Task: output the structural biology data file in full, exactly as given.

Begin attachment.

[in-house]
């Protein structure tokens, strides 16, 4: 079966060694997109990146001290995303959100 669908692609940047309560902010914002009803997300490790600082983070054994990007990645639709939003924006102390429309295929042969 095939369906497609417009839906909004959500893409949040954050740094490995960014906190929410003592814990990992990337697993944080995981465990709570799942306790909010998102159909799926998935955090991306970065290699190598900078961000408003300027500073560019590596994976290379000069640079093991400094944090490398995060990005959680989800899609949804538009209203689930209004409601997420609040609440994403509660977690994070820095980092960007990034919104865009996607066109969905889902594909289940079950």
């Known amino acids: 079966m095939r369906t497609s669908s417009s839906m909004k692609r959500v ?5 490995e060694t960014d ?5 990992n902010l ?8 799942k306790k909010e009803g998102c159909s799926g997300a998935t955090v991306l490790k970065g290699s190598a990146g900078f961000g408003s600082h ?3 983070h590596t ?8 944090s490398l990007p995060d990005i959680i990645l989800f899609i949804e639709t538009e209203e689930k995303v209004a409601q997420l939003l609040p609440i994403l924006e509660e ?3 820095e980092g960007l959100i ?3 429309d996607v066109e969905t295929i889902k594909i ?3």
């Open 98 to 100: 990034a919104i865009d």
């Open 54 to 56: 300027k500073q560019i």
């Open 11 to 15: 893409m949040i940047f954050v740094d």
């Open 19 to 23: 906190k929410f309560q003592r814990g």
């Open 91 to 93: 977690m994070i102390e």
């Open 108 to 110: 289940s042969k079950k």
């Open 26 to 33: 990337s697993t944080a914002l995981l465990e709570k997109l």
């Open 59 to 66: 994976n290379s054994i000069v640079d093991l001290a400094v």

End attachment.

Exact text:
[in-house]
């Protein structure tokens, strides 16, 4: 079966060694997109990146001290995303959100 669908692609940047309560902010914002009803997300490790600082983070054994990007990645639709939003924006102390429309295929042969 095939369906497609417009839906909004959500893409949040954050740094490995960014906190929410003592814990990992990337697993944080995981465990709570799942306790909010998102159909799926998935955090991306970065290699190598900078961000408003300027500073560019590596994976290379000069640079093991400094944090490398995060990005959680989800899609949804538009209203689930209004409601997420609040609440994403509660977690994070820095980092960007990034919104865009996607066109969905889902594909289940079950």
């Known amino acids: 079966m095939r369906t497609s669908s417009s839906m909004k692609r959500v ?5 490995e060694t960014d ?5 990992n902010l ?8 799942k306790k909010e009803g998102c159909s799926g997300a998935t955090v991306l490790k970065g290699s190598a990146g900078f961000g408003s600082h ?3 983070h590596t ?8 944090s490398l990007p995060d990005i959680i990645l989800f899609i949804e639709t538009e209203e689930k995303v209004a409601q997420l939003l609040p609440i994403l924006e509660e ?3 820095e980092g960007l959100i ?3 429309d996607v066109e969905t295929i889902k594909i ?3």
């Open 98 to 100: 990034a919104i865009d």
């Open 54 to 56: 300027k500073q560019i």
């Open 11 to 15: 893409m949040i940047f954050v740094d």
């Open 19 to 23: 906190k929410f309560q003592r814990g």
């Open 91 to 93: 977690m994070i102390e």
């Open 108 to 110: 289940s042969k079950k």
């Open 26 to 33: 990337s697993t944080a914002l995981l465990e709570k997109l």
């Open 59 to 66: 994976n290379s054994i000069v640079d093991l001290a400094v």